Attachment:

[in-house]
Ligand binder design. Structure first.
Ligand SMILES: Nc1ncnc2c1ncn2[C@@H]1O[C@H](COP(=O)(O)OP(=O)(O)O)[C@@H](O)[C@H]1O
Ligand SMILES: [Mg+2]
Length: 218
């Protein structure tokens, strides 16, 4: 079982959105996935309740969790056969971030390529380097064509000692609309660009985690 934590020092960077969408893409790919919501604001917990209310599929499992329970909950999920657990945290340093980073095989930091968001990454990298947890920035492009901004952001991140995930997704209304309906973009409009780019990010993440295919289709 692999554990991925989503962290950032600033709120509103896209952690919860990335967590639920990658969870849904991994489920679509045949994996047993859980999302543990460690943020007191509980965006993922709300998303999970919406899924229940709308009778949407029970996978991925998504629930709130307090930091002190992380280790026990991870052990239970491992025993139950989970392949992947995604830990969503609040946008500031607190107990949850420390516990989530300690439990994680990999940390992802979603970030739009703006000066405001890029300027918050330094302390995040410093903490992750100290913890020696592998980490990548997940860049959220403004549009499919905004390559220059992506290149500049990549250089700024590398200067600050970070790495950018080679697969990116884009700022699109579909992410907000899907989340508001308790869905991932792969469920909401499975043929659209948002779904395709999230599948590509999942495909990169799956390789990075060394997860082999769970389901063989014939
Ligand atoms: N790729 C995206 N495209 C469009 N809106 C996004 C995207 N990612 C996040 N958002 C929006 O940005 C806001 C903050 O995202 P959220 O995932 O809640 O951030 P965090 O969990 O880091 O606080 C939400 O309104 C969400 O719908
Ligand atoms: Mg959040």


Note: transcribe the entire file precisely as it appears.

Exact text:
[in-house]
Ligand binder design. Structure first.
Ligand SMILES: Nc1ncnc2c1ncn2[C@@H]1O[C@H](COP(=O)(O)OP(=O)(O)O)[C@@H](O)[C@H]1O
Ligand SMILES: [Mg+2]
Length: 218
């Protein structure tokens, strides 16, 4: 079982959105996935309740969790056969971030390529380097064509000692609309660009985690 934590020092960077969408893409790919919501604001917990209310599929499992329970909950999920657990945290340093980073095989930091968001990454990298947890920035492009901004952001991140995930997704209304309906973009409009780019990010993440295919289709 692999554990991925989503962290950032600033709120509103896209952690919860990335967590639920990658969870849904991994489920679509045949994996047993859980999302543990460690943020007191509980965006993922709300998303999970919406899924229940709308009778949407029970996978991925998504629930709130307090930091002190992380280790026990991870052990239970491992025993139950989970392949992947995604830990969503609040946008500031607190107990949850420390516990989530300690439990994680990999940390992802979603970030739009703006000066405001890029300027918050330094302390995040410093903490992750100290913890020696592998980490990548997940860049959220403004549009499919905004390559220059992506290149500049990549250089700024590398200067600050970070790495950018080679697969990116884009700022699109579909992410907000899907989340508001308790869905991932792969469920909401499975043929659209948002779904395709999230599948590509999942495909990169799956390789990075060394997860082999769970389901063989014939
Ligand atoms: N790729 C995206 N495209 C469009 N809106 C996004 C995207 N990612 C996040 N958002 C929006 O940005 C806001 C903050 O995202 P959220 O995932 O809640 O951030 P965090 O969990 O880091 O606080 C939400 O309104 C969400 O719908
Ligand atoms: Mg959040």